Anyone who has shot something with a DSLR knows how important monitoring is. These camera’s large sensors give us that oh so gloriously coveted depth of field; however, this new breed of digital film cameras does have a downside, pulling focus. While there are many different techniques that can help you keep your subjects in focus (especially when shooting with the aperture wide open), I think one of the best solutions to be able to tell if you’re in focus or not is by using an external monitor for all your critical focusing. I know this may seem like a simple solution, but when you begin to take a look at the plethora of monitors available, this seemingly simple solution becomes a monumental decision. Being the technical nerd that I am, I always want the top of the line model that has every bell and whistle, even if those bells & whistles are seldomly used. That being said, I am a firm believer in the idea that you get what you pay for. This is my personal opinion regarding which monitors I believe give you the most bang for your buck. While this won’t be an in depth review of each monitor, I hope to shed a little light on my favorite features of each monitor.
Small HD DP6 w/ HD-SDI $1299
This monitor is the cheaper of the two, yet it still has some pretty impressive features. One of my favorite features of this monitor is the fact that it has a native resolution of 1280x800 which really helps when you’re trying to pull critical focus. A lot of the DSLR camera monitors have resolutions that are around 800x480. The DP6 was also one of the first monitors to boast the DSLR preset, which allows you to see your image full screen on your monitor without the black/grey bars on the sides, top, & bottom. The DP6 also has some nice features like a false color filer, focus assist, & 1:1 pixel mapping just to name a few. However, I think this monitor’s best feature quite possibly could it’s future-proofness. I’m pretty sure we’ve all bought that iPad or other electronic device only to be disappointed a couple of weeks later when the new & improved model is released, leaving us to have to deal with electronics envy. With every DP6 purchase, Small HD includes a 2GB flash drive which will allow you to download new firmware & software updates that can then be installed on your monitor giving it the latest and greatest features.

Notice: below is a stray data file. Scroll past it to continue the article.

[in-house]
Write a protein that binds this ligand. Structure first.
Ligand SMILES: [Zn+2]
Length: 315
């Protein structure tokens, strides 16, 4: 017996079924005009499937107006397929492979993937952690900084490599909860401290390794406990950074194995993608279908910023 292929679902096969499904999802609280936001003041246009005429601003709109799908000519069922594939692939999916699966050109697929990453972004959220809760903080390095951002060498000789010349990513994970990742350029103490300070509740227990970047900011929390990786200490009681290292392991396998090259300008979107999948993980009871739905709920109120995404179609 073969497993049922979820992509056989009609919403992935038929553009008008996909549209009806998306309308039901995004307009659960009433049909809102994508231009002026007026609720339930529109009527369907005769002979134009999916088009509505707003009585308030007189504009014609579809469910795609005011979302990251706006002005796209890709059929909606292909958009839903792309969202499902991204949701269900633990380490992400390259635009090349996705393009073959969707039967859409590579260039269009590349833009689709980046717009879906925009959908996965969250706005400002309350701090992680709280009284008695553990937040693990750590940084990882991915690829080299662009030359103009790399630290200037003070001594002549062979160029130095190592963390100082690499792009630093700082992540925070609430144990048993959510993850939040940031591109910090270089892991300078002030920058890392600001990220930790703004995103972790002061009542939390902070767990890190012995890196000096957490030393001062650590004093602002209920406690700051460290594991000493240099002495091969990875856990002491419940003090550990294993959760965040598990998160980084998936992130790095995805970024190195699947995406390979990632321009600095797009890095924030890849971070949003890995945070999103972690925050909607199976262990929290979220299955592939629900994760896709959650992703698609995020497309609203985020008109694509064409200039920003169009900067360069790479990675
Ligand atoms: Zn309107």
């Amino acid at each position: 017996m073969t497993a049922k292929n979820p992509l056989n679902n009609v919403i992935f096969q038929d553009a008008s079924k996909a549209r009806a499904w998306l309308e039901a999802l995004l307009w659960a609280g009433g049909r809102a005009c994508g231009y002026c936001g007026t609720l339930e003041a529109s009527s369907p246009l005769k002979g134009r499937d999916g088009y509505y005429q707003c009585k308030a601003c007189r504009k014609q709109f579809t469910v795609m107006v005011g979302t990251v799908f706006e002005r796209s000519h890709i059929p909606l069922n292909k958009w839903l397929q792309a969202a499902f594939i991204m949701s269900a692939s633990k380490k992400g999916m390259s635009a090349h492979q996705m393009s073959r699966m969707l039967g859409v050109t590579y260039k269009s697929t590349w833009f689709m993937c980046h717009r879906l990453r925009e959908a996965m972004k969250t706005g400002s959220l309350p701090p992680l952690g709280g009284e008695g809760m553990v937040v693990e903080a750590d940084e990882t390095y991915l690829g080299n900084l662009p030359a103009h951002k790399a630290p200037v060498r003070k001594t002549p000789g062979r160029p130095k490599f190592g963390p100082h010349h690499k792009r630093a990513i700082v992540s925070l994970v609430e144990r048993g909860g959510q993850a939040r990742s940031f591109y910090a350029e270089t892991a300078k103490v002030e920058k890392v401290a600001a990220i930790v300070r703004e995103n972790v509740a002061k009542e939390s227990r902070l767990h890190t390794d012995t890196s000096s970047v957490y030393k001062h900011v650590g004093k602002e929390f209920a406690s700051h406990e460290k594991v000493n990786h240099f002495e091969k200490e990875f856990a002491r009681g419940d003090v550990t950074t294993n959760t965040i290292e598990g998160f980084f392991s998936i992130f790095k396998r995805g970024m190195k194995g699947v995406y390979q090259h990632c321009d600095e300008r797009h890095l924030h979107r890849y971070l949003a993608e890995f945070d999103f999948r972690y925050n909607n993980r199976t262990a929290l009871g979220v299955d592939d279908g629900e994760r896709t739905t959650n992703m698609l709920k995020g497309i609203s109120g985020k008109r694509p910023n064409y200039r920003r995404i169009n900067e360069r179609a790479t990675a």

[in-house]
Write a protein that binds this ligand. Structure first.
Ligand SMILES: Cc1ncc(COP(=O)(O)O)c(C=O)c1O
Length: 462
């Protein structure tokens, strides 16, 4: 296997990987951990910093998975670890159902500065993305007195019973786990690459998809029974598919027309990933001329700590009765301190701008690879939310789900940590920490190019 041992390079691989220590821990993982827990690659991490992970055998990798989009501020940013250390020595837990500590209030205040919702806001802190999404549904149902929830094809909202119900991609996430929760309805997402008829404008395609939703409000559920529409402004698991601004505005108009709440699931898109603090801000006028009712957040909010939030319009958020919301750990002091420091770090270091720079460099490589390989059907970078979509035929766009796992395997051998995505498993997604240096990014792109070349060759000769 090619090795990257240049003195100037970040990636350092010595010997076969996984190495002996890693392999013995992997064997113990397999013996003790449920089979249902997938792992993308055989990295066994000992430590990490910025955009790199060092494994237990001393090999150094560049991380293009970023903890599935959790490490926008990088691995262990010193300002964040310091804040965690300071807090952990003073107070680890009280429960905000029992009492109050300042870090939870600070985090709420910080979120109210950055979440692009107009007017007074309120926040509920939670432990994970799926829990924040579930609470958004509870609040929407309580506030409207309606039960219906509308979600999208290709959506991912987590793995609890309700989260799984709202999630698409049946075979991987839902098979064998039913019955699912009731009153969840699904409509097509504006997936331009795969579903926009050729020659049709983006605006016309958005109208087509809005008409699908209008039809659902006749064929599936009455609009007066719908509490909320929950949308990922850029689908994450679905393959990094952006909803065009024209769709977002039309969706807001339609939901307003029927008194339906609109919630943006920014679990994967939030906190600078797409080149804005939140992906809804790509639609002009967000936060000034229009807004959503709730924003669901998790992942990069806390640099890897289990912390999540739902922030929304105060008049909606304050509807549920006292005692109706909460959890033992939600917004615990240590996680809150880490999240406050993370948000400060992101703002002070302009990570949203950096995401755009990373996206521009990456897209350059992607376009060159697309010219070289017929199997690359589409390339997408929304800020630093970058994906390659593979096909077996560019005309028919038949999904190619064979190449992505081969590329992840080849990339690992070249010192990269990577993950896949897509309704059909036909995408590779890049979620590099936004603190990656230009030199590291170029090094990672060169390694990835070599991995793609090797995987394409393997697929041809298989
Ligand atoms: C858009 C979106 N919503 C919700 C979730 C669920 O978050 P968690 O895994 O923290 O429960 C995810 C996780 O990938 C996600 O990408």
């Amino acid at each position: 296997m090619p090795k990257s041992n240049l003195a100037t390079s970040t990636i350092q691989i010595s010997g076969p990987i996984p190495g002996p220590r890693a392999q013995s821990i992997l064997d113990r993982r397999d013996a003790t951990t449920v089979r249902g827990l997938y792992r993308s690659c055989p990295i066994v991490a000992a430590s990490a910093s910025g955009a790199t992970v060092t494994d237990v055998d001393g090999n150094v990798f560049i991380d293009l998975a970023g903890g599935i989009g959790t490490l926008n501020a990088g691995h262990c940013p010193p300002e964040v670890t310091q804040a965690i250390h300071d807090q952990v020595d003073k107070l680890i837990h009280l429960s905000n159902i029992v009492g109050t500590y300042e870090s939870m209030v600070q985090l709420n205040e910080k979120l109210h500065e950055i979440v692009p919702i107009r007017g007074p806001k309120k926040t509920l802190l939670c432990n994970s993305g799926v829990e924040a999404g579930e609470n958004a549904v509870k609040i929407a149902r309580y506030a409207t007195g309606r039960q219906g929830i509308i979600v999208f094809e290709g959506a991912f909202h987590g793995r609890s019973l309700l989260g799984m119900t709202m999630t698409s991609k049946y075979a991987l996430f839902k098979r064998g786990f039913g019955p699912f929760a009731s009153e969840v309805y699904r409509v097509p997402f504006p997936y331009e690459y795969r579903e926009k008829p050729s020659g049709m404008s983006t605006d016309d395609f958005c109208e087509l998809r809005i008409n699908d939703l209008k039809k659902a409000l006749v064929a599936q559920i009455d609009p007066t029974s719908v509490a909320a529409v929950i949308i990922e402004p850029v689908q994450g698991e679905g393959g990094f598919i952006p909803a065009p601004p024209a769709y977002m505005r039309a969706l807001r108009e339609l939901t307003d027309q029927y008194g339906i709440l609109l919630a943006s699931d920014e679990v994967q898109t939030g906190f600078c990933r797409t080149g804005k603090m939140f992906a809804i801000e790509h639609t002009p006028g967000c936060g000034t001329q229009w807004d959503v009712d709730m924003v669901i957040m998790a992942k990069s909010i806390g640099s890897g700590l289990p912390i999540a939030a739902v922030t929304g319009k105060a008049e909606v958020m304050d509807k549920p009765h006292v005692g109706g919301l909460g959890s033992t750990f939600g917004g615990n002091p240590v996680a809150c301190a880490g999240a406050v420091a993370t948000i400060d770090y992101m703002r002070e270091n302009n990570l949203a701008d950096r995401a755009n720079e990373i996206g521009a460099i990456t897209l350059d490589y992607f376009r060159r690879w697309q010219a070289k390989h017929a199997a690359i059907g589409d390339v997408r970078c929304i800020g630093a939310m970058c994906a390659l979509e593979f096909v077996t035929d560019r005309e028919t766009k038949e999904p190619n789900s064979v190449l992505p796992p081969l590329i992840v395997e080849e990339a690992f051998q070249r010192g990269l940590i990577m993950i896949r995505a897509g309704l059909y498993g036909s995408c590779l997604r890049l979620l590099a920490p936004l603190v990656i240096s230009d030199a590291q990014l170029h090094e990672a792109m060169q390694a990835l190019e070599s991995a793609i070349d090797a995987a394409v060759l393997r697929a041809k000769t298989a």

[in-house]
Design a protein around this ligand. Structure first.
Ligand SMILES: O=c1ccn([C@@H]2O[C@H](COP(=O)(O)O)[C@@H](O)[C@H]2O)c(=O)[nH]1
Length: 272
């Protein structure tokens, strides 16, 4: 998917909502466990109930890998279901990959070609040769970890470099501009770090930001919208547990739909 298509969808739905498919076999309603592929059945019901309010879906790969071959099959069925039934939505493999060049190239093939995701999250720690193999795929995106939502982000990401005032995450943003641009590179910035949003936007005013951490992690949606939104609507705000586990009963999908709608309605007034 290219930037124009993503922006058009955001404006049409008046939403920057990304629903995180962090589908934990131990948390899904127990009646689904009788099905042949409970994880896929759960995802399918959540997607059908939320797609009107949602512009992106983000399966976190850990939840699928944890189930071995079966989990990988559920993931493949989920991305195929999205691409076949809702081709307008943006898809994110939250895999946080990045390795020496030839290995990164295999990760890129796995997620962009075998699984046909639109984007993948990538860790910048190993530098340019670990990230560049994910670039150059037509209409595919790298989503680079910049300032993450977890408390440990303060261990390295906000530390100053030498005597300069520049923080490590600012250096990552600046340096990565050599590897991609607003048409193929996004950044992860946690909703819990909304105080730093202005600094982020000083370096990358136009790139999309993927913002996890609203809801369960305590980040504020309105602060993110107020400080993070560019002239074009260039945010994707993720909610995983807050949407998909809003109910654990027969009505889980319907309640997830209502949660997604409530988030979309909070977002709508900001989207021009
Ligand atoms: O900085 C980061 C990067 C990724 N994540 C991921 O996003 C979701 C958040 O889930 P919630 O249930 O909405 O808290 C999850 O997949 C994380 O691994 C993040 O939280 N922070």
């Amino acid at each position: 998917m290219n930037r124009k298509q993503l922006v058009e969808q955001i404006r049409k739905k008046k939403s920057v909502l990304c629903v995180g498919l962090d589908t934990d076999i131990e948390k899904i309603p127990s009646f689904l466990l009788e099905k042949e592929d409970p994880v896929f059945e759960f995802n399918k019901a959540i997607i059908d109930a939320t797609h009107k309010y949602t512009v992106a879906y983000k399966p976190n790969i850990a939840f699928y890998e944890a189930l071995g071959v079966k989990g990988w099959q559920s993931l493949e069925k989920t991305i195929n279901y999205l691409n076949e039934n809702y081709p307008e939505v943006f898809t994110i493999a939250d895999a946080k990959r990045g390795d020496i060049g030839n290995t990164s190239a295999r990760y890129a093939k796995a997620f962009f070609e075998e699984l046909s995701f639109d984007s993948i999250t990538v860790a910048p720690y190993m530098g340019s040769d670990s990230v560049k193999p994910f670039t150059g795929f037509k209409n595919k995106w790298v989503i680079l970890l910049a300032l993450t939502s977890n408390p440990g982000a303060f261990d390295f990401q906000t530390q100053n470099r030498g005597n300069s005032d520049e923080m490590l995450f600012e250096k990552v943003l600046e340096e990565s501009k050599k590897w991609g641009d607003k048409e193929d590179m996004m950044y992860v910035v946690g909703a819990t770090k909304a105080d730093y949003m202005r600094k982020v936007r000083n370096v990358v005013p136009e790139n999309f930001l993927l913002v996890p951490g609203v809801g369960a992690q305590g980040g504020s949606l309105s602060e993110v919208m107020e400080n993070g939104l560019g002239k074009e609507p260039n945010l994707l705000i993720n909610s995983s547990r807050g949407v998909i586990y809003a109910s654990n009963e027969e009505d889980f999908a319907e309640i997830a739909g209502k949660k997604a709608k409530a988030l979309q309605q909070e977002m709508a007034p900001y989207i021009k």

TV Logic VFM-056WP $1495
I saw TV Logic’s monitors a couple of years ago for the first time at NAB and I have to say I was quite impressed with what I saw. These are some of the most professional monitors on the market and I have been very impressed with their features. Like the DP6, the VFM-056WP is a 5.6” monitor with a native resolution of 1280x800 and features such as false color, focus assist, & 1:1 pixel mapping. There are a couple of features that I think really make this monitor stand out among the rest. One of those features is the fact that you can input an HDMI signal into this monitor and output an HD-SDI signal. This is a really great feature if you plan on running a video village or just want to hook up a second monitor and eliminates the need for HDMI splitters and HDMI to HD-SDI converters on your camera rigs. The other feature that I think is really nice to have is waveform and vector scopes built right into this monitor. This is just one more feature that will help you ensure that you get good footage while you’re out in the field…unless of course you think that the vector scope is some sort of radar that can find all the best shooting locations or something.
Although I personally give the TV Logic monitor the edge I would be happy to have either one in my camera case. Ultimately though it’s important to keep in mind that having a really nice monitor will not magically make you a better cinematographer, it’s merely a tool that makes your job a little easier.